Election season in Utah can be a confusing time for anyone not familiar with our unique caucus/convention system. This year is different even for those who are seasoned caucus participants with the addition of the first Utah presidential preference to the caucus meeting. This replaces the traditional presidential primary held in years past in June. Not to worry, elections requiring a primary will still have their primary election in June. More on that later. If you’re new to Utah or just unfamiliar with our way of electing our state and federal offices, here’s a breakdown of the who, what, when, where, and how of caucus night in Utah.
First, if you want to participate in caucus, you need to decide which party you want to participate with. Each has its own rules for who can participate, and separate locations. The Democratic party for example, will allow anyone to participate in their caucus meeting. Republicans allow anyone to attend, but only registered Republicans can vote. You can find out about each of the political parties on the state caucus website. Generally, you’ll need to be a Utah resident, and 18 years old by election day in order to participate. Make sure you’re registered to vote before caucus night, and bring a photo ID with you to your meeting. If the address on your ID is different from your current address, also bring proof of address like a utility bill.
But what’s a caucus? A caucus is a neighborhood political meeting held on even years at which people come together to take care of party business, elect delegates, and now, vote in a presidential preference (AKA a presidential primary). Each meeting is specific to voting precincts, so you’ll want to visit the state election website or your party’s website for information on where to go. This year caucus is going to be held on Tuesday, March 22, 2016. Delegates elected at these meetings will represent their neighborhoods at county and state conventions. At the state convention, national delegates are elected who go to the national presidential nominating convention.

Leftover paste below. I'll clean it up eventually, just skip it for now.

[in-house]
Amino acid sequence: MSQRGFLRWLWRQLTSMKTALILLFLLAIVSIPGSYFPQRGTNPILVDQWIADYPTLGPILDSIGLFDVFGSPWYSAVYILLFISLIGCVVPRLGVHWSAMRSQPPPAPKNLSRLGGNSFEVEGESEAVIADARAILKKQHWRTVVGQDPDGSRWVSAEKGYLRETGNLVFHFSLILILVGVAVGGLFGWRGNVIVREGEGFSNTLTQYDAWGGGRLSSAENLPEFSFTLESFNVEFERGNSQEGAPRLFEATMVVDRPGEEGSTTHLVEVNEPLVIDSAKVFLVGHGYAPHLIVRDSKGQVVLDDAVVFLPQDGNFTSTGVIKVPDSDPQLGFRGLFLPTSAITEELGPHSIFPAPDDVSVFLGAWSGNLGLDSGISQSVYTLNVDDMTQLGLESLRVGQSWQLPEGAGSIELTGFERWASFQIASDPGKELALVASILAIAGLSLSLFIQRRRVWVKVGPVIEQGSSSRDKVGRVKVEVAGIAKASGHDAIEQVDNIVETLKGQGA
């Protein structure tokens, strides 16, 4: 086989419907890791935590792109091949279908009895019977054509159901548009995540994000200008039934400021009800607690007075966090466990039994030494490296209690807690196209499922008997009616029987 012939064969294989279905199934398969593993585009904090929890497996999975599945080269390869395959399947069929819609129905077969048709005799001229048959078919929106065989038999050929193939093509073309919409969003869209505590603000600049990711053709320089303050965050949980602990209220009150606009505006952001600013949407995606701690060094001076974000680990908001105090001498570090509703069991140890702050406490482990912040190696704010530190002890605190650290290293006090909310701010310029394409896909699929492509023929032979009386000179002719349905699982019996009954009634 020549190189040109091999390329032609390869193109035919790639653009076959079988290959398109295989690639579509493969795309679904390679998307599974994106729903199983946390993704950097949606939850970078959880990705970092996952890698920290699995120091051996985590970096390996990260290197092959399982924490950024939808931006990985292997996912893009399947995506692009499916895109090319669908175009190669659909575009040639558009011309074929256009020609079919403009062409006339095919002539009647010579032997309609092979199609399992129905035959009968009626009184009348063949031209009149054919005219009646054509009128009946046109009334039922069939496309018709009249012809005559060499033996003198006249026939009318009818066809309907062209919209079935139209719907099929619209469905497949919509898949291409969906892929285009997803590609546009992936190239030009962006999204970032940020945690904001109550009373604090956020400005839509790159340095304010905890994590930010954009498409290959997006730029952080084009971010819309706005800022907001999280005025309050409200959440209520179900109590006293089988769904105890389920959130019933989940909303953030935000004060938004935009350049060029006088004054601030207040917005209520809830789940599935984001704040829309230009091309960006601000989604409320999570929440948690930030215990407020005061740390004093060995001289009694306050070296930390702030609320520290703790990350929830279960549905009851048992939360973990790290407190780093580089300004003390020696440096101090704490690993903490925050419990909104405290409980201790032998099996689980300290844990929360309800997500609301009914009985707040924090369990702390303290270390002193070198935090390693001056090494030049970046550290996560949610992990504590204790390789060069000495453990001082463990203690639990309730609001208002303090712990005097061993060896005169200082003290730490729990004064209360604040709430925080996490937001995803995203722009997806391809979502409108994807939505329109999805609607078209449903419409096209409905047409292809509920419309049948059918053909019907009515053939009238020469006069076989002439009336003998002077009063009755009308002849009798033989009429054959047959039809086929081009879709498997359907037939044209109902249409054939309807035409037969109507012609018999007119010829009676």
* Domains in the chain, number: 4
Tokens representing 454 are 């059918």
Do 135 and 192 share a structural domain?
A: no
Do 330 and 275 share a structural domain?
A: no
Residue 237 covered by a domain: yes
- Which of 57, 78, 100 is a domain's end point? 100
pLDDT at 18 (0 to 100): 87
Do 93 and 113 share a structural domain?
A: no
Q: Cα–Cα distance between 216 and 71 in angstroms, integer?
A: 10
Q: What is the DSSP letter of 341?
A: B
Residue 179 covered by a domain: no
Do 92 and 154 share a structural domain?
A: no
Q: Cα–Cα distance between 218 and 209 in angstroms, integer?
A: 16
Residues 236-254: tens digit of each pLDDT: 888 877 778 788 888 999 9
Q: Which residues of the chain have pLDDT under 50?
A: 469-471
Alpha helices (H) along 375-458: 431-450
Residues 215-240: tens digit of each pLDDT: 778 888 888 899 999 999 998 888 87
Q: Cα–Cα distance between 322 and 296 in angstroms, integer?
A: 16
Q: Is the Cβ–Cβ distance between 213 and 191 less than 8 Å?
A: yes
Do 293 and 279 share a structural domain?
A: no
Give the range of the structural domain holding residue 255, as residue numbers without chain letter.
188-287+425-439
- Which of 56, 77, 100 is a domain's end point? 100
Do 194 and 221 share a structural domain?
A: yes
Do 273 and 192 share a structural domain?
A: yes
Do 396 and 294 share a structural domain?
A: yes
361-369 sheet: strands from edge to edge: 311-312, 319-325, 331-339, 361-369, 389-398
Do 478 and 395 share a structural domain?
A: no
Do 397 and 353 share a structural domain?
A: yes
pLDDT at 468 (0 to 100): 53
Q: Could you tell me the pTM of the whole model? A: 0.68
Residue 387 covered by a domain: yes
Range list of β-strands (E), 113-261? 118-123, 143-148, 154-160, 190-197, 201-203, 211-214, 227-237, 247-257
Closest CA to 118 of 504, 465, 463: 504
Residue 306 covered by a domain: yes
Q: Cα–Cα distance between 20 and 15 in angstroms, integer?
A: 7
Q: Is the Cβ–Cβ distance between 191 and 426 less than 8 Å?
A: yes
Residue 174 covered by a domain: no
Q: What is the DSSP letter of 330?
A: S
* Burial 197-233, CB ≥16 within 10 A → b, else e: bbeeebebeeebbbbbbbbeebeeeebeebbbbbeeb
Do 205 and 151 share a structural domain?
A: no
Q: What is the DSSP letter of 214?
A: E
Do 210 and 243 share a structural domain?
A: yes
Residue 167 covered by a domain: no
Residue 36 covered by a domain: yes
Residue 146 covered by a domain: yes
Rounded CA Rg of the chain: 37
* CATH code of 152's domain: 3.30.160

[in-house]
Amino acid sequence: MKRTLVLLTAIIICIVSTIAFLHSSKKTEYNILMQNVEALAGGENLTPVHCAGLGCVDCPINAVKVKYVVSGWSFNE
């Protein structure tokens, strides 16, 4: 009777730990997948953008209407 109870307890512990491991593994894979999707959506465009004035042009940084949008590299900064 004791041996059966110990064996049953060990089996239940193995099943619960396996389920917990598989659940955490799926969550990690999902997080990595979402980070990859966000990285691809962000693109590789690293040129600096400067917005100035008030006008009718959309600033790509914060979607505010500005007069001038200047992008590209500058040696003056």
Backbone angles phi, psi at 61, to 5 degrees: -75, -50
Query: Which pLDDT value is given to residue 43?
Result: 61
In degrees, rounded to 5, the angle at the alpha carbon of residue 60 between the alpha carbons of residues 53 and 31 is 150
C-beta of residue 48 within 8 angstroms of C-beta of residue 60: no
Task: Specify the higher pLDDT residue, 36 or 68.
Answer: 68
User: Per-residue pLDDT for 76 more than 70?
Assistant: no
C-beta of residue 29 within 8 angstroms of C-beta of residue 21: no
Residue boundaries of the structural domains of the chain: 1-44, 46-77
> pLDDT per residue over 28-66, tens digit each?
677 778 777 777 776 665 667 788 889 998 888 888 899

County delegates have the opportunity to elect their party’s nominees for county offices such as county commissioner, house of representatives, and state senators. If a house or senate district covers areas in more than one county, then the party nomination takes place at the state convention. These nominees are able to participate in the general election in November against the nominees from other parties. Sometimes, the election for an office at convention is too close for a nomination to be made. When this happens, the top two candidates face off in a primary election held in June, and the winner of that election appears on the November ballot. State convention is where nominees are determined for state and federal offices like governor and congress. The job of a delegate is pretty important, so make sure you support someone in your neighborhood who you think will represent the values of your neighbors well. Even better: become a delegate yourself!
In addition to electing delegates at caucus, you’ll also elect officers from your neighborhood called precinct chairs and vice chairs, and other officers. These officers have two functions: conduct party business within the precinct (your voting area) and also act as delegates at state and county conventions. Voting for the presidential nominations will take place at caucus and, in some cases, online. If you wish to vote online in the Republican presidential preference, you’ll need to register for caucus with the party on or before March 15th.
Caucus may seem a little confusing at first, but don’t let that stop you from going. Your precinct officers and fellow caucus attendees will help you navigate the process. It all starts here. With you and your neighbors coming together to find honest and fair minded people to vet candidates and make sound decisions at convention. Be a part of the process and go to caucus!1